The energy rating methods of the UK, the US and Australia have influence far beyond their own borders. So how do they stack up against each other?

What is the best way of measuring the energy performance of a building? As the pressure to reduce CO2 emissions mounts, it is important not only that buildings work better, but that their designers and operators can measure the levels of improvement.

They want to be able to demonstrate their virtues, not just for altruistic reasons but also to attract potential purchasers and to satisfy regulations or win grants.

This is why some countries have developed their own assessment methods – BREEAM in the UK, LEED in the US, and Green Star in Australia. All are relatively rigorous, and it is fair to say that a building with a high score is better than one that does not fare as well. But how does one assessment method compare with another?

This matters, because the schemes are spreading beyond their national boundaries, either to countries that have no rating system of their own, or travelling with clients who operate internationally. LEED is already used in 24 countries. BREEAM is developing an international standard for use in the Gulf and in Holland. Green Star is used in South Africa and New Zealand, as well as Australia.

These systems are butting up against each other increasingly, but until now there has been no real comparison between the ways they work, and the results they produce. This is the work that a team of four at Glasgow-based simulation company IES, led by Ya Roderick, set out to do. They compared not the whole assessment process but the energy component, which in all three cases is equivalent to just under 15% of the total potential score.

They applied the methods of each to a model of a hypothetical eight-storey commercial building in Dubai, with open-plan offices and a three-storey car park. The building, which contains all standard facilities, including a data centre and showering and changing areas, is fully air-conditioned and uses no renewables.

The team then used IES’ Virtual Environment software to score the building under each process. Under LEED, the proposed building is compared with a baseline building model, which is set up with four orientations – 0°, 90°, 180° and 270° – so that it does not shade itself. The energy rating calculation is based on the annual energy cost of running the proposed building against the average annual cost of the baseline building, using actual rates for energy or state average energy prices.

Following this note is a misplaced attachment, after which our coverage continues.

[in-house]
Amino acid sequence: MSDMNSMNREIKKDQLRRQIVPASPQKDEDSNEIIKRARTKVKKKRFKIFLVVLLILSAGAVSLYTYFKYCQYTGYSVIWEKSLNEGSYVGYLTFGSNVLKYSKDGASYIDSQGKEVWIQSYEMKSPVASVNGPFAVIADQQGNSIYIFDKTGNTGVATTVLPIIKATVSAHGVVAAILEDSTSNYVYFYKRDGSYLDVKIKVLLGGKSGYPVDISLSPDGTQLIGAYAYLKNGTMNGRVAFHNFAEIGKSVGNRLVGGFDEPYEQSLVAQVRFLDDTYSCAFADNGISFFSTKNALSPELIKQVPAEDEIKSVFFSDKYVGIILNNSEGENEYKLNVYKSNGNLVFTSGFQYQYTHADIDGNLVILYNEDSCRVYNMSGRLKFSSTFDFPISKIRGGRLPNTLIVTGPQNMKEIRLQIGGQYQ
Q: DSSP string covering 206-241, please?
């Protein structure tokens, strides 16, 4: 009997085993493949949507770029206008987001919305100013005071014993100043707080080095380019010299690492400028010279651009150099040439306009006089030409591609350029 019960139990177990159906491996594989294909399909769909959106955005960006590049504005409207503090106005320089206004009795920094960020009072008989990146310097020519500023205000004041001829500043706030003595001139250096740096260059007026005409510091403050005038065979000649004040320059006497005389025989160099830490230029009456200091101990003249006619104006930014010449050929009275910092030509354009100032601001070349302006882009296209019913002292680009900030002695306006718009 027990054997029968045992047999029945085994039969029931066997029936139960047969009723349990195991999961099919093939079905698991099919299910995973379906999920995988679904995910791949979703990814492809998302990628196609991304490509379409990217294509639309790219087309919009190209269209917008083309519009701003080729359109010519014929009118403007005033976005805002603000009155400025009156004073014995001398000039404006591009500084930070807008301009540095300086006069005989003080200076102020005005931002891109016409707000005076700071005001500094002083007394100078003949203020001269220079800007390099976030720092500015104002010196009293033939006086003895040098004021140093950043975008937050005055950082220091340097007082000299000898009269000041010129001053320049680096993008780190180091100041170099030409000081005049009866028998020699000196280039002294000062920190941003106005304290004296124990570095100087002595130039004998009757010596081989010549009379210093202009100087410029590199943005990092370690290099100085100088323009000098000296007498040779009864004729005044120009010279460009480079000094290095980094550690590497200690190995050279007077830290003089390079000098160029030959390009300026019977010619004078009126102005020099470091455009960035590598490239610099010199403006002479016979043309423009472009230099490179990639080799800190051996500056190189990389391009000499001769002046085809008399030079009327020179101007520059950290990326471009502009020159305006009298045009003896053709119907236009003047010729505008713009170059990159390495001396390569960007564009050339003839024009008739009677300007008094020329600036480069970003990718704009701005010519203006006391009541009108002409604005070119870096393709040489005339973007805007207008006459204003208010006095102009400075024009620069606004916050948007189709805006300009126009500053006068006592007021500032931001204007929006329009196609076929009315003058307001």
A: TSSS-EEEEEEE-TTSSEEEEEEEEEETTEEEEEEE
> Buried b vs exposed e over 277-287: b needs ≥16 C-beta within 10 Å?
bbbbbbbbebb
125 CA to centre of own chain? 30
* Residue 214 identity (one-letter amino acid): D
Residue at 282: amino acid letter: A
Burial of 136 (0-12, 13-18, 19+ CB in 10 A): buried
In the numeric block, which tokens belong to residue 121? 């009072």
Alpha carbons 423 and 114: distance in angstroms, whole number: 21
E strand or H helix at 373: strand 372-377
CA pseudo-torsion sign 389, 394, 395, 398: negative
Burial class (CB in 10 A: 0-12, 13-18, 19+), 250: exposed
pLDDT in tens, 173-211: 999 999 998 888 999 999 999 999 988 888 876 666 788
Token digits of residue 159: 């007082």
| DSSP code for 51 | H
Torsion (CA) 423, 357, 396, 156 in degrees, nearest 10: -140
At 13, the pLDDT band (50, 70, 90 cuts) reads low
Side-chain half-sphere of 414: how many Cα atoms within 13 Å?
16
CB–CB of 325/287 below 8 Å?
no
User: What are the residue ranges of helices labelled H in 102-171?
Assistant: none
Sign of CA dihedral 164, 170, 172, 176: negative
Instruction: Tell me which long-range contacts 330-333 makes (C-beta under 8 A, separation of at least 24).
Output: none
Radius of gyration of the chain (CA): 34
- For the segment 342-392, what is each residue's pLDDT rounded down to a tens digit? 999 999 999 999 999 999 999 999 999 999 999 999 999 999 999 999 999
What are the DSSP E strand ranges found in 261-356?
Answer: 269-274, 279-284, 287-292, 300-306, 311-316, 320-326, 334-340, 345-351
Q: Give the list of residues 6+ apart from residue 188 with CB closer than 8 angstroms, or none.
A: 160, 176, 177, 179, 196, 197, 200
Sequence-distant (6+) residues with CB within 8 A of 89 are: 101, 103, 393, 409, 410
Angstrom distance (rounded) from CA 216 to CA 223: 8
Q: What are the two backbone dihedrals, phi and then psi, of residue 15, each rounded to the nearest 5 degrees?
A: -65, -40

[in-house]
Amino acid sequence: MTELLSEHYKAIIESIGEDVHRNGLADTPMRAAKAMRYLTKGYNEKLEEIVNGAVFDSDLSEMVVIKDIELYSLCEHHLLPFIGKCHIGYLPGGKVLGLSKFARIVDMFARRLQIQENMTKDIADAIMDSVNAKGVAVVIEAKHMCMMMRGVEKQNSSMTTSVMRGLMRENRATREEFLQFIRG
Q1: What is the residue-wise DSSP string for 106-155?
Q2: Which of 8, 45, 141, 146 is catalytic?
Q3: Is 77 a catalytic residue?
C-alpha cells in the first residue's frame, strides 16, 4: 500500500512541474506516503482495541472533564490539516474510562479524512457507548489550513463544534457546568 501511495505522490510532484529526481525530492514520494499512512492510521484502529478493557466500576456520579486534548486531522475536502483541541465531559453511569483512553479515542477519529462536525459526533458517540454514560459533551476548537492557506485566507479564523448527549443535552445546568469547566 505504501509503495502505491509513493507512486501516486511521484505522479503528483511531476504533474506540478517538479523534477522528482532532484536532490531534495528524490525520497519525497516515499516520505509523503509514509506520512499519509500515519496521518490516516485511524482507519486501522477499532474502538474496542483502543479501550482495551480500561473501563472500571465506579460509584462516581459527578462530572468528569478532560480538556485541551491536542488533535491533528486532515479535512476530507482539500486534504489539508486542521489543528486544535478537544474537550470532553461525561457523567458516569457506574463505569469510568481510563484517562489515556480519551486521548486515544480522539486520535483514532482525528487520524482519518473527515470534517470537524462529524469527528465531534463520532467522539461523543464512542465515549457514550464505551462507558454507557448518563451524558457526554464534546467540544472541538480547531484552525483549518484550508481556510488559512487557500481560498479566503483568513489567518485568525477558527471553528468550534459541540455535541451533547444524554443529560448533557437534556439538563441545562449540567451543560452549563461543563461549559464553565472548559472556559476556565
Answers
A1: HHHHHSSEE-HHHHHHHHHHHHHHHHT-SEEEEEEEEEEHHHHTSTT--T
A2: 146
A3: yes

In BREEAM, the assessor models an actual building and a reference building, and compares the former’s CO2 rating, derived from its energy performance certificate, with the performance of the reference building.

Green Star rates the greenhouse performance of the landlord-operated services in an office building. Unlike the two other approaches, it does not carry out a comparison with any kind of reference building.

So how did they fare? Under LEED, the hypothetical Dubai building showed only a 7.8% improvement in energy performance related to the base building, which is less than the 10.5% improvement needed to score just one point. So the building failed its LEED assessment. Under BREEAM, the building fell into category B for its energy rating, which gave it two out of a maximum of 15 points available. In contrast, under Green Star, the building scored 11 points out of a potential 20.

Why are the results so different? Roderick says: “The main difference is that LEED and Green Star pay a lot of attention to the HVAC.” This may be because Green Star is designed for a hot climate, and LEED covers all the very diverse US climate zones. But obviously there is also a big difference, since Green Star gave this building such a high score, whereas LEED failed it. “Green Star only compares with one building,” Roderick says. “So if you make any small changes to your system it will directly impact on your final scoring.”

It is very difficult to say that one system is better than another. They were all designed for internal comparison between buildings scored under the system, rather than comparisons of buildings appraised under different systems. But this research does show that different systems produce different results, so one should be wary of comparing across the systems.

Green Star is unlikely to be adopted widely outside its immediate areas of influence, but there are many countries that look both at LEED and at BREEAM. “It is interesting that LEED is more rigorous than BREEAM,” says David McEwan, Roderick’s colleague and one of her co-authors. “We can ask if BREEAM should have the option to be more rigorous, to go into plant more thoroughly, for example.”

This rigorous approach has a cost, though, and it is a financial one. As American clients in the UK become more environmentally aware, some have started to think about having LEED assessments of their UK buildings. “We have had a few queries for LEED studies here,” McEwan says. “I am afraid the price puts them off.”

One reason why LEED is more rigorous than BREEAM is because it has the potential to deal with much more varied climates. The IES study looked only at one building type, in one climate, and one particular orientation. Even that was quite an undertaking. But it is important work, and Roderick would like to do more of it.

“We are interested in fully understanding the methodology in order to guide our clients,” she says. “And at an academic level nobody has done this work – it’s very complicated.” She hopes to extend the work to other climate zones and building types, so that one day we may have a deeper understanding of the similarities and dissimilarities of these methods.